I have something slightly embarrassing to admit. When I ordered this book online, I saw the purple cow and I thought I was ordering Seth Godin's book Purple Cow. Could the title BE any larger on the cover?? Oh well. I still haven't read Purple Cow but I have now read The Big Moo.

The book was edited by Seth Godin and written by "33 of the world's smartest business thinkers." The book is a compilation of short, anecdotal chapters and, although the 33 names of the authors are on the cover, they are not on the chapters that each one specifically wrote. I found this problematic as it ended up producing a book with no context that was very disjointed.

I guess the biggest thing I took away from this book is the affirmation of my long-held belief that there is no one way to be successful in business. Clearly the authors come from very different experiences and did not confer with one another before submitting their chapters because the book is full of contradictory advice. At different points we are told to:

-Be a visionary innovator - 3 steps ahead of the competition -AND- don't necessarily be first in your industry but do what the first guy did BETTER because those who are the first to do something often fail and are forgotten.

-Don't give in to the customer's desire for you to lower prices and homogenize -AND- listen to your customers more than your peers.

-Don't wait too long to change - the important thing is to act now! -AND- "Remarkable doesn't always mean right now."

-Capitalize on what makes you special -AND- don't get stuck in a rut - be willing to branch out and try something new.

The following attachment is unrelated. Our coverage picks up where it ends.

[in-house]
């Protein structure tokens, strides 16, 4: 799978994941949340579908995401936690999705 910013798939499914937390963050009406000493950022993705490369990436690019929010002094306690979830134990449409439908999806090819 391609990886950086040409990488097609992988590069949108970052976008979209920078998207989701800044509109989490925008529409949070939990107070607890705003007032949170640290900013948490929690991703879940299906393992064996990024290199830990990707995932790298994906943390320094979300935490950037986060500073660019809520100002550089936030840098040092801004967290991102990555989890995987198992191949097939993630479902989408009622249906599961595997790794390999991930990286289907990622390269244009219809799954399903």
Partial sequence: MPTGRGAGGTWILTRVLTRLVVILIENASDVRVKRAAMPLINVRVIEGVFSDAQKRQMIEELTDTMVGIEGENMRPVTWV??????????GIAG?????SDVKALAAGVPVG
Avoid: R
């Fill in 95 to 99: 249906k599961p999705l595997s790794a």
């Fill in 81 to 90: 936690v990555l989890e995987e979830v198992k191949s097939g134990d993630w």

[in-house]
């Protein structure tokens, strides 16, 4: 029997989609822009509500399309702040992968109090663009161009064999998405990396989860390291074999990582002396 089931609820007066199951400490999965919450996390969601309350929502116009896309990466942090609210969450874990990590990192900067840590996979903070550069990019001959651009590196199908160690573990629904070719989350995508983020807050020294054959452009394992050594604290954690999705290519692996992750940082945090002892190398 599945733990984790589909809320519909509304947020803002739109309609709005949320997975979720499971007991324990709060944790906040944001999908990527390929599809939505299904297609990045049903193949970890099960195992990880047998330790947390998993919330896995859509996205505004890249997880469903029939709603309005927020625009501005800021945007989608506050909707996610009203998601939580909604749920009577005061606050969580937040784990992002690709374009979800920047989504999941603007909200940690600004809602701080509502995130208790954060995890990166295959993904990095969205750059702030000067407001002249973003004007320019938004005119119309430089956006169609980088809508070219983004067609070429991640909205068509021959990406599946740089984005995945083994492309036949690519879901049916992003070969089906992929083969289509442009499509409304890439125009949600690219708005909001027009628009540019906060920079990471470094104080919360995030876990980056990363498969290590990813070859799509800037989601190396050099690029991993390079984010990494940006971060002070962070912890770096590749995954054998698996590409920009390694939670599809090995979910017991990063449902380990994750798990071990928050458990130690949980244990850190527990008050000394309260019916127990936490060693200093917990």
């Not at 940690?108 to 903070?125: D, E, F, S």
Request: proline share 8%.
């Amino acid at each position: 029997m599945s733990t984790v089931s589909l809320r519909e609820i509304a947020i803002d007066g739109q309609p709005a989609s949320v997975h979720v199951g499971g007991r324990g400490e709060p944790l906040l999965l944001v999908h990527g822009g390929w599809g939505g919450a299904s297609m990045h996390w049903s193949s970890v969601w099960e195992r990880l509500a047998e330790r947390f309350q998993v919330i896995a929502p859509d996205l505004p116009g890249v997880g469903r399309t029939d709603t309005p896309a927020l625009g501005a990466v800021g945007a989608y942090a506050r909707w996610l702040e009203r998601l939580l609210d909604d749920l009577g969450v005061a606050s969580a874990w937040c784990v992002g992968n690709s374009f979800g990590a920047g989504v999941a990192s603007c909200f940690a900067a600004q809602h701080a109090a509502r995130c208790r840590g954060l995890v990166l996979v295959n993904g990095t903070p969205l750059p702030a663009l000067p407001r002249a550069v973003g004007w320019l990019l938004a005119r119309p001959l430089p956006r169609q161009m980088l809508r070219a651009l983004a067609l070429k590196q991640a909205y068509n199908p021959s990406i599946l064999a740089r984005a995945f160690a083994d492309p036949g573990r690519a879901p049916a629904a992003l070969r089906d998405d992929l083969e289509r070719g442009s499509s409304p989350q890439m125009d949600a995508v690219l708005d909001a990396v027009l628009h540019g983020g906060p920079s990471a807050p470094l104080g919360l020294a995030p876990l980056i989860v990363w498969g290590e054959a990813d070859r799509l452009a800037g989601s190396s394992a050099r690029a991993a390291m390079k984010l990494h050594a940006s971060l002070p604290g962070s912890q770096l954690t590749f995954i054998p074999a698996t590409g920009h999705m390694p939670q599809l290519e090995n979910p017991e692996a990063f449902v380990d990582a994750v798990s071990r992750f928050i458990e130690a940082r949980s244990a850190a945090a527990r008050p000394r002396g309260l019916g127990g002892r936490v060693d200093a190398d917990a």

So take your pick! All of the above strategies apparently work.

I gave this book only 2 stars. It was OK. It's easy to read and there are little gems in it here and there. But that's about all it has to offer - a few gems and motivational tidbits. Clearly there was enough that hit me to fill up two full pages of cliff's notes that I once again wrote on the inside cover:
Here's a selection of some of the notes I wrote:

-"The thing about Wal-Mart is that it forces you to be better." Welcome competition.

-Failure should always be an option - otherwise there's no room for experimentation and risk.

-New hires are your #1 source of new ideas - they have fresh eyes. This point motivated me to put "MJ lunches" on the calendar every 3 months - to sit down with Sara regularly to get her feedback and ideas and to brainstorm together about how to move Melissa Jill Photography forward.

-Observe companies in other industries to get great ideas. What makes the experience they offer so awesome?

-You never know when a small idea will morph into a big one - entertain them all. This point made me decide to start an idea jar in which to keep all my business-related ideas. I want to make sure I write them down right when I think of them - even if we are not ready to implement them now, they may be good to revisit in the future!

When it comes down to it - there's no one way to be successful in business. There may be some commonalities in the experiences of the authors. But clearly there were some marked differences as well. That's good news and bad news. It's bad news in that you can't just look at the guy two steps in front of you and copy everything he does. It's good news in that the things that are already remarkable about you - the things that make you unique - can be the key to making your business remarkable as well.
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